What the Vancouver Island Marmot needs is more marmots, and for that we need to encourage marmot romance! But what are the ingredients for a successful marmot entanglement? To be honest, we do not know everything that goes into making a marmot couple, but we are aware of a few trends:
Marmot who sleep together stay together: Marmots who hibernate together often produce litters the following spring. This is why we often highlight these hopeful pairs in the fall; they are a great bet to have pups soon. It’s not a sure bet though.
The way to a marmot’s heart is through its stomach: Feeding a litter of 3 to 5 hungry baby marmots takes a lot from a mother marmot’s body. As does seven months of hibernation. Female marmots need to be in peak physical condition if they are to have pups, so we look for marmots that have great body condition. Speaking of which…
Every marmot needs a break: The demands of babies and hibernation is too much for a marmot’s body to sustain every year. Most females take a year break between litters for their bodies to recover. We do not expect a female who had pups last year to have pups again this year.
Dad’s on the clock: Male Vancouver Island marmots often play an important role in raising their litter, including watching them while mom is out feeding – something she needs to do a lot of!
Keep it outside the family: With such a small population, inbreeding is a serious concern. Through strategic releases, we strive to make sure that marmots have unrelated, eligible partners to choose from.
Always full of surprises: Despite our best-laid plans, the marmots keep us on our toes. New marmots move into colonies, or out, when we least expect it. Marmots partners we were sure were set break up when a new mate suddenly appears. There is lots for us learn about marmot love! ... See MoreSee Less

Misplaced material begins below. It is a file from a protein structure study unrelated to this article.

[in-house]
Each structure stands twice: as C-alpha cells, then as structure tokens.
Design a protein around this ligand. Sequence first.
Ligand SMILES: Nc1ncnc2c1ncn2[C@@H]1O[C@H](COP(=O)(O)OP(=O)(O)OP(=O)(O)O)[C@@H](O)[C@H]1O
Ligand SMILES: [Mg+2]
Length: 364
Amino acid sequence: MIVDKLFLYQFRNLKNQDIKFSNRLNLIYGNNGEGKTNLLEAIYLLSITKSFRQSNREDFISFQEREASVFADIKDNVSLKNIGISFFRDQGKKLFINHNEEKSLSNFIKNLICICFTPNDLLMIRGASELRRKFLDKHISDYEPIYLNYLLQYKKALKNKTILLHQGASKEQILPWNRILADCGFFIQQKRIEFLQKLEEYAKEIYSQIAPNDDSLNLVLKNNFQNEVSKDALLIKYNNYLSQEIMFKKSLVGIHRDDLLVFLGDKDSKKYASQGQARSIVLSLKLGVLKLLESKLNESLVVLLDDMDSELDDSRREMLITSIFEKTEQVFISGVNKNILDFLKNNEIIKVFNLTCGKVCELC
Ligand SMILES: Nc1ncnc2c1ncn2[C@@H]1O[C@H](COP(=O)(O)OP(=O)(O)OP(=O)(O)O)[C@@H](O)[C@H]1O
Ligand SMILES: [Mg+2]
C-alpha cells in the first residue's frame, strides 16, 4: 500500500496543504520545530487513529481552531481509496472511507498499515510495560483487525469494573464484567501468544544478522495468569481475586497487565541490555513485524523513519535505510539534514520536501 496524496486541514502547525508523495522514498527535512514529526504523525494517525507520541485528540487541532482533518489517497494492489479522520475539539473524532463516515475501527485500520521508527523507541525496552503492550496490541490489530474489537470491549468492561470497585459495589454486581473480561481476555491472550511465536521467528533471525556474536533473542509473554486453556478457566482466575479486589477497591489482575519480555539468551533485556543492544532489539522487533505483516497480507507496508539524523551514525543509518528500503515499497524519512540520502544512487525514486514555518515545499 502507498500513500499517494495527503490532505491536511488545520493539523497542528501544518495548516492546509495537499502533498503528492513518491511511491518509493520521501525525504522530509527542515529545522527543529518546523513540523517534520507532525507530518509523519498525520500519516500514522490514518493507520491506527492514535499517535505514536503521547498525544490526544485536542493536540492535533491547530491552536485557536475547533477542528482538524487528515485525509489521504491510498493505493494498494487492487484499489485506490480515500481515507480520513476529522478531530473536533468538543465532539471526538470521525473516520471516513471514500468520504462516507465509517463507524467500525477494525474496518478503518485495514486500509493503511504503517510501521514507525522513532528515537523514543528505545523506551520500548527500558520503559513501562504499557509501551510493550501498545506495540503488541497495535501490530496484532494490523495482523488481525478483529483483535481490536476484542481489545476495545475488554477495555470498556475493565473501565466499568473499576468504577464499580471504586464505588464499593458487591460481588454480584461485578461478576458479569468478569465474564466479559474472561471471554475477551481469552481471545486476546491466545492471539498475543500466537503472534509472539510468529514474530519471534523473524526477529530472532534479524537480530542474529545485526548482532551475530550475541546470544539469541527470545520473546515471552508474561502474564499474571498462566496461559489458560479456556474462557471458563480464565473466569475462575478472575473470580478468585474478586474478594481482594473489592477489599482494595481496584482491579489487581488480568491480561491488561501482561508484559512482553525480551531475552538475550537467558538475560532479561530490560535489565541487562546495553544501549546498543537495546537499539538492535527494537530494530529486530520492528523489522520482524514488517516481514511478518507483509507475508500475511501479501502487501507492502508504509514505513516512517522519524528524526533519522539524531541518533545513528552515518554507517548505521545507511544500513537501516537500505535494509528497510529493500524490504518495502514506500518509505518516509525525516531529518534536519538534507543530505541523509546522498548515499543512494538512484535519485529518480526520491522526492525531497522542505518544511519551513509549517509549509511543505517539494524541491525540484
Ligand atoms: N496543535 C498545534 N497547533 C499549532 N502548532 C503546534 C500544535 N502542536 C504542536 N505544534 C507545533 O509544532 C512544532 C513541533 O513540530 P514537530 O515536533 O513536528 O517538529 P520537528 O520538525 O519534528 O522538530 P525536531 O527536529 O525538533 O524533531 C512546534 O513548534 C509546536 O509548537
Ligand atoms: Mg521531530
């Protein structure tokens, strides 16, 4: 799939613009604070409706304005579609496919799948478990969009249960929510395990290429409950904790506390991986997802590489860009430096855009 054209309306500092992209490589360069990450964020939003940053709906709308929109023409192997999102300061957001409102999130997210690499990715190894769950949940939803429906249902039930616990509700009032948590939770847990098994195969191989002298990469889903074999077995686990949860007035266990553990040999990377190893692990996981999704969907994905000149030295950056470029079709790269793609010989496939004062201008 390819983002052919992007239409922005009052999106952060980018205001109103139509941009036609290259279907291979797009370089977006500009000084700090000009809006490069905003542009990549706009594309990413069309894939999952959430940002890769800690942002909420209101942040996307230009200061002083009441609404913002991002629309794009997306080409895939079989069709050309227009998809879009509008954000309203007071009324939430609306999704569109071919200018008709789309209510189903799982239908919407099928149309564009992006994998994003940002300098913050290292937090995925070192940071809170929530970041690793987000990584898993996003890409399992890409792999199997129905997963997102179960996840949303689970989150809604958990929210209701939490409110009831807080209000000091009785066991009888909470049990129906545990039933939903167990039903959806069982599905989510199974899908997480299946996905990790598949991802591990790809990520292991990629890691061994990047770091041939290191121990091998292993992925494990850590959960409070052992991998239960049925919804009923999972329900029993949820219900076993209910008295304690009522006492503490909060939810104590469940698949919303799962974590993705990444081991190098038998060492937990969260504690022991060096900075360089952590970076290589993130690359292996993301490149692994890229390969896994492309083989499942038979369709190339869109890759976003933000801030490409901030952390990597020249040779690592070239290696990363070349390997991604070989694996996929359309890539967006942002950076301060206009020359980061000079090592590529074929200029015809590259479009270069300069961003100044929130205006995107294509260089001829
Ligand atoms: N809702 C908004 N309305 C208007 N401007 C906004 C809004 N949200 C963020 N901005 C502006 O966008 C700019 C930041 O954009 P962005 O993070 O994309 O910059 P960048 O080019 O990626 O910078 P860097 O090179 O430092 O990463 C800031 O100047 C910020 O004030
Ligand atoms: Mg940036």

Do you have an old or faulty tripod that deserves a second chance at usefulness? The Marmot Recovery Foundation is looking for donations of up to 18 well-loved tripods to support wildlife cameras used to monitor marmots in very remote locations. As long as the tripod can stand securely, condition does not matter.
Requirements: 3 sound legs and stable when standing. The condition of the head unit does not matter (the camera will be strapped to the tripod). How to donate:
Drop-off Locations: We have two locations where you can drop off tripods, at our field office in the BC government building in Nanaimo, and at Habitat Acquisition Trust in Victoria.
Do you have an old or faulty tripod that deserves a second chance at usefulness? The Marmot Recovery Foundation is looking for donations of up to 18 well-loved tripods to support wildlife cameras used...